Stomach Growls: What You Never Knew
There’s more than just hunger pains behind those stomach growls. You may think it’s your body’s way of telling you to eat. Still, it may go well beyond that. Find out what you can do when your stomach growls.
Your digestive system
It’s important to understand the relationship between your stomach and digestive system. Doing so will help you better understand why your stomach is making noise.
Your digestive system is basically a long tube that goes from your mouth to your anal cavity. It’s a pretty simple system but becomes more complicated when you factor in your body’s many organs. Muscular contractions (called peristalsis) digest your food and move it through your body. These contractions also help your body mix liquids with solids and gastric acids.
Most of your stomach growls are your digestive system mixing your stomach contents with its liquids. The air produced begins busting with the contractions of your intestines, producing that notable popping sound. These sounds can be produced at any time even when you’re not hungry. The difference is that when your stomach is full, these sounds are less perceptible.
So, if your stomach is empty, why is your digestive system contracting? Around two hours before your stomach is totally empty, it begins to produce certain hormones. The hormones stimulate the nervous system and send a message to your brain to eat more. The brain responds to these signals with an order to start the contractions. Then, the contractions finish emptying your stomach, and may even provoke other signs of hunger so you want to eat again.
What causes excessive stomach growls?
Everything we’ve discussed before is normal activity. When your stomach growls excessively, it can not only affect your health but your digestive process. This often happens without a cause. What’s more, the excessive noises may be due to more than just hunger.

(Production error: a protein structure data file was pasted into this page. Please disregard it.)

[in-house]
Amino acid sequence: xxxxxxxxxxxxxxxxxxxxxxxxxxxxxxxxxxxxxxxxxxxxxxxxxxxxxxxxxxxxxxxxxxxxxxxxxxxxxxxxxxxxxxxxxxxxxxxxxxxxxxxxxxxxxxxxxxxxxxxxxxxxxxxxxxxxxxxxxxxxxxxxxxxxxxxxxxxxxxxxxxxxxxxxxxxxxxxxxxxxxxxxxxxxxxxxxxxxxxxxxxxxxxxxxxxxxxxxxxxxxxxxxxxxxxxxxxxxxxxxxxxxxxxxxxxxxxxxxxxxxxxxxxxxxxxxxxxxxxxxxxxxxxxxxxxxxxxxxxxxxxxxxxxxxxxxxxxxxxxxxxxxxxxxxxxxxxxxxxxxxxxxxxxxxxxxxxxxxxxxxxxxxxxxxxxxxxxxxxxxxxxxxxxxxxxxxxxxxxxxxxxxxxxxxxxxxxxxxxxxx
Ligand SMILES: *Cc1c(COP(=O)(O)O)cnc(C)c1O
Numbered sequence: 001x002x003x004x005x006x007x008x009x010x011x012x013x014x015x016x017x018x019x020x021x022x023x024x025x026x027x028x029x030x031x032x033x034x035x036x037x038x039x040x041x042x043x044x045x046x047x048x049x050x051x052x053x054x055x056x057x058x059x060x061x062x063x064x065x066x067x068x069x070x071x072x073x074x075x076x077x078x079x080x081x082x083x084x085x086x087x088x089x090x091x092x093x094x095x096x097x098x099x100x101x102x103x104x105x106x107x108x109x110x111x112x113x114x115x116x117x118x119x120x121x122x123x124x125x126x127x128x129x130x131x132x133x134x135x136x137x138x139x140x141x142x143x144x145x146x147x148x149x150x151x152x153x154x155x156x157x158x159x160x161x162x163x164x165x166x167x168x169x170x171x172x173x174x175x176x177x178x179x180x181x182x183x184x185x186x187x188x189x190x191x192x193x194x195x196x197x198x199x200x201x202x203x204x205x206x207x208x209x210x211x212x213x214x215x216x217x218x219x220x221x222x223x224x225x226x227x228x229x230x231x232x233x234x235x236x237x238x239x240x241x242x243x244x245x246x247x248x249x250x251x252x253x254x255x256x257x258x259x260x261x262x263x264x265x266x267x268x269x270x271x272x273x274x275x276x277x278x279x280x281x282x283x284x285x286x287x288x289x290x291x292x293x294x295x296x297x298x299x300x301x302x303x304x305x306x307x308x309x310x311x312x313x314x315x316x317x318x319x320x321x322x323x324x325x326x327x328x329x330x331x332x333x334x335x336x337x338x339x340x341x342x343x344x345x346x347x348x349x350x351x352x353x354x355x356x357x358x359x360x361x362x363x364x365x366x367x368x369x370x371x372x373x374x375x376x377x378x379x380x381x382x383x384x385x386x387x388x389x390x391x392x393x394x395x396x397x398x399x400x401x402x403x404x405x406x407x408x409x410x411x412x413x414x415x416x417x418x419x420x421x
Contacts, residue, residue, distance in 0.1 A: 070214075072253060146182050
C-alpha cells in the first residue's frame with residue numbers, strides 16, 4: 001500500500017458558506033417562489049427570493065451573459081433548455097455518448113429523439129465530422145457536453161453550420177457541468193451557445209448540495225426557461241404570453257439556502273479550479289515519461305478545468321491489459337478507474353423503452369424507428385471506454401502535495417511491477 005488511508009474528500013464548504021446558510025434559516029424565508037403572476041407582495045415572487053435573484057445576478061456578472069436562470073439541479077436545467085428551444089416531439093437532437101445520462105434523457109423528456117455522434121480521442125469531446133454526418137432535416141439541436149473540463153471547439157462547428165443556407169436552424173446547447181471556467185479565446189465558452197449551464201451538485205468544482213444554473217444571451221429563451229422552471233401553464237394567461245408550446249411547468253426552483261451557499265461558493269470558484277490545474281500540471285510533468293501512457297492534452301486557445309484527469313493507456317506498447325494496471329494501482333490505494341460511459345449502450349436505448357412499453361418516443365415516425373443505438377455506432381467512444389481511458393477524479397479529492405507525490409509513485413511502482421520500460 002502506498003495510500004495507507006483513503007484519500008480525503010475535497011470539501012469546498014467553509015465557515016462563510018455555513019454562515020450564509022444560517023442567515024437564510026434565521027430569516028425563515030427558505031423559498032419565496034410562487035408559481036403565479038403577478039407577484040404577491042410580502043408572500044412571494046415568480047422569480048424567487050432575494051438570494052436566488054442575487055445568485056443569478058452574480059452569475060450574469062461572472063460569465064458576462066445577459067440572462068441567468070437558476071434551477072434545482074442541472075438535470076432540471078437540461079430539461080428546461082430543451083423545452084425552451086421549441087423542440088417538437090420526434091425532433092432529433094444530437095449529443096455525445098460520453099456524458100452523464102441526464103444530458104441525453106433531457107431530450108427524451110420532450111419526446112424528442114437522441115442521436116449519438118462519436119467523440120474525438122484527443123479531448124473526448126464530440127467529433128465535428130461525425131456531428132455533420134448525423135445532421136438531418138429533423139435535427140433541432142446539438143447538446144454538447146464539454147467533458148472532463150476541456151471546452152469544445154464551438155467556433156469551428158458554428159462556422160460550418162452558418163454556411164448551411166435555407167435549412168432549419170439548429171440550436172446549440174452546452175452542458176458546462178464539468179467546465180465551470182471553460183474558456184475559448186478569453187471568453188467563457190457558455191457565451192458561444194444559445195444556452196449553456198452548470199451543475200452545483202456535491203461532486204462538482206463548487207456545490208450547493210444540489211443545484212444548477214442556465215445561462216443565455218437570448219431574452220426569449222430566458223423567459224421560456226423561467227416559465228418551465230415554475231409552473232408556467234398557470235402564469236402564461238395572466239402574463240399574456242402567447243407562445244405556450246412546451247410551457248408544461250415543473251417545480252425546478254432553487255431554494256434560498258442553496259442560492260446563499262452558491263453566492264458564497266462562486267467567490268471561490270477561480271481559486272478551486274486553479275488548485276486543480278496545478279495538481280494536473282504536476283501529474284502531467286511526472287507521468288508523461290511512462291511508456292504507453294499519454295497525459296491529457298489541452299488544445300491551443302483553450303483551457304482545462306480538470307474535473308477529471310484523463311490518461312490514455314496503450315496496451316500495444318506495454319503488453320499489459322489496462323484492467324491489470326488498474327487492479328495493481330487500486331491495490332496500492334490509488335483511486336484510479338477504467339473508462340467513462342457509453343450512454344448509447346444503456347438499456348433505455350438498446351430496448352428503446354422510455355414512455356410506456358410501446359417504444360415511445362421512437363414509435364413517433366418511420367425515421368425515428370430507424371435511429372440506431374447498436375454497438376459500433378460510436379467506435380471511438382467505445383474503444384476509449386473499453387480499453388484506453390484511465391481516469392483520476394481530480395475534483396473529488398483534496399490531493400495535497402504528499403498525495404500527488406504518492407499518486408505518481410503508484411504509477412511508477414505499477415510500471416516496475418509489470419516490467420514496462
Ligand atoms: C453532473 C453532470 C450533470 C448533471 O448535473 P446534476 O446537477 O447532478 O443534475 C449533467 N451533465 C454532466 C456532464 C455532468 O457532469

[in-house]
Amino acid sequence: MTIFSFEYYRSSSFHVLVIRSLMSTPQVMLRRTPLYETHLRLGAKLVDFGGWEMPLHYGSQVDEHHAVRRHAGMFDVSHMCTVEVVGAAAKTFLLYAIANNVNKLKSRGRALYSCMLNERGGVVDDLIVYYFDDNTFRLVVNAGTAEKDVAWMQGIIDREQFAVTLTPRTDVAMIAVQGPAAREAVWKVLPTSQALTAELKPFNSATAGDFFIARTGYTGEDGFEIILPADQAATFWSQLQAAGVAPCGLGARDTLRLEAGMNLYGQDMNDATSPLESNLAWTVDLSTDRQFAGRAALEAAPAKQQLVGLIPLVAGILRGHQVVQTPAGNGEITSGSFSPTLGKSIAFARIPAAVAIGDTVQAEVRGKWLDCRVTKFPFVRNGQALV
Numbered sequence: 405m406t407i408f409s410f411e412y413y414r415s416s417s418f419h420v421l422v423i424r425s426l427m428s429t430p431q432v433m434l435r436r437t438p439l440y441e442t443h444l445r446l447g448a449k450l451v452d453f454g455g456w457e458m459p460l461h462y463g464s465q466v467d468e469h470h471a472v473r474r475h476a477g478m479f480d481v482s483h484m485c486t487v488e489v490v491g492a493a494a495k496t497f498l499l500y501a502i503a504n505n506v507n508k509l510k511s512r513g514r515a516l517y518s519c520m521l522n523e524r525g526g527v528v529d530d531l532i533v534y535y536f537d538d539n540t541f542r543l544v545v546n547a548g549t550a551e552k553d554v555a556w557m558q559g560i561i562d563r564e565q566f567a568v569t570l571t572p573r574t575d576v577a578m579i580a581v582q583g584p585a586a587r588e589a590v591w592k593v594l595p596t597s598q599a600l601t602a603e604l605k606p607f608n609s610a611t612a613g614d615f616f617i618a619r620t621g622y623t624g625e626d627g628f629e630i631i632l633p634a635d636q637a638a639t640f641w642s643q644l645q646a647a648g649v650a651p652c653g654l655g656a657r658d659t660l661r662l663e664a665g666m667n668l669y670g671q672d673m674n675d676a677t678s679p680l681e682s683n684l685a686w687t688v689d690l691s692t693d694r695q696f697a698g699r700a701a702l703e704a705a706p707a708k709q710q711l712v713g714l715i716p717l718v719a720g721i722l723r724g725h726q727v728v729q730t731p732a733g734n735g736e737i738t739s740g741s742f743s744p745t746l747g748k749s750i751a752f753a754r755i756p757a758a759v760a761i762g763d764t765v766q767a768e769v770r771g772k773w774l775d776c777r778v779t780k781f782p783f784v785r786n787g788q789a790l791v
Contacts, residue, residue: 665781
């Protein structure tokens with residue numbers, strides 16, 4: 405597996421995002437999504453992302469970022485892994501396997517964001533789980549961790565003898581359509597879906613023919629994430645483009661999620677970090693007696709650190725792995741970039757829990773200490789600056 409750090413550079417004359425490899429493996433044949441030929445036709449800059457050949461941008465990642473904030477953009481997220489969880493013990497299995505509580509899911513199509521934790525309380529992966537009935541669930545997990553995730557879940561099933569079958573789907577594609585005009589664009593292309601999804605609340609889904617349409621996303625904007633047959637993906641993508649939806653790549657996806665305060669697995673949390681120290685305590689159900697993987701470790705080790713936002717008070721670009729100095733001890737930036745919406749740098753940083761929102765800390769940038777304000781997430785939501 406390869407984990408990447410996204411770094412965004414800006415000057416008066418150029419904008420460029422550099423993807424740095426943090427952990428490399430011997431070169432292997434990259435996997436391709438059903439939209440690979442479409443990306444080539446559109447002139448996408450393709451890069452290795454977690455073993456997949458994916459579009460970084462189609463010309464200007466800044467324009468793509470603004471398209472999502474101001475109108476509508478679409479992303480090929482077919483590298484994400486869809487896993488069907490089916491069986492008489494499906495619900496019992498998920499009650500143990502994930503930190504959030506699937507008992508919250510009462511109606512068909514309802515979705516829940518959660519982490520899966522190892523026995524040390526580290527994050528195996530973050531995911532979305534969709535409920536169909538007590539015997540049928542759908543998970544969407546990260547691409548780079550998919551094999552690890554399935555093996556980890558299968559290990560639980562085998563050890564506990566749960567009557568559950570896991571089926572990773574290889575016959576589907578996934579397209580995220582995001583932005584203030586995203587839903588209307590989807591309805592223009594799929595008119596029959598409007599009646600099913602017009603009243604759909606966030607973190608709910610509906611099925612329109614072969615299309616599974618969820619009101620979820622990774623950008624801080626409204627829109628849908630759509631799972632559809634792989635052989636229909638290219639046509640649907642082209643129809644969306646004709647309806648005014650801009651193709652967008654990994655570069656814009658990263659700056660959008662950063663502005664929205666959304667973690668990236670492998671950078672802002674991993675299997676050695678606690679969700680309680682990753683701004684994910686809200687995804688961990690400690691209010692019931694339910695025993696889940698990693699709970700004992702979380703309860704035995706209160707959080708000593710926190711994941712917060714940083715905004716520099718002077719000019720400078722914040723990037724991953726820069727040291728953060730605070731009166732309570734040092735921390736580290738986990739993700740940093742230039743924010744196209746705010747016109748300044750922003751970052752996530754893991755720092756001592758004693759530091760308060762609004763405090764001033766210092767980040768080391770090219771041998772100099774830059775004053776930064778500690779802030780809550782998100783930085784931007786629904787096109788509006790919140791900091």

If you’re eating less than what you’re used to during the day or night, you might be confusing your digestive system. Strict diets can often consist of foods that have certain nutrients or high amounts of calories. In addition, they may produce excessive stomach growls since food is digested faster, signaling hunger.
The mixture of gases and air inside your stomach can cause these sounds as well. If you’re drinking soda or other carbonated drinks, you increase the number of bubbles in your digestive system. As a result, the bubbles can pop and make gastric noises. When your body can’t eliminate or expel the excess air naturally, the process takes place in your digestive system. Eating too quickly or ingesting air along with your food can also cause the same thing to happen.
Find out more: 8 Positive Health Changes When You Give up Soft Drinks
Lactose in milk, yogurts, creams, and cheese is the most common food intolerance. When it remains in your belly too long, the bacteria present can produce extra gas and bubbles in your system. You should always avoid any food to which you’re intolerant.
Ulcers in your digestive system can also be a cause. Indeed, the only difference is the time and amount of air present in your system. This condition often appears along with pain and discomfort and has nothing to do with hunger. You should adjust your diet to address this issue.
Symptoms of irritable bowel syndrome
The symptoms of this disorder are similar to those of ulcers. In addition to causing stomach growls, it also causes awful pain after eating certain foods.
Controlling stomach growls
When not directly related to a medical condition, you can do certain things to help control or relieve it:
- Chew your food well. When your body combines the solids and liquids in your stomach, there will be less gas produced.
- Have a cup of tea after your food, such as mint, which can help ease stomach issues.
- Don’t breathe too deeply during eating to reduce the amount of air you ingest.
- Eat less. Snacks are simpler to digest and don’t allow your stomach to send your brain hunger signals.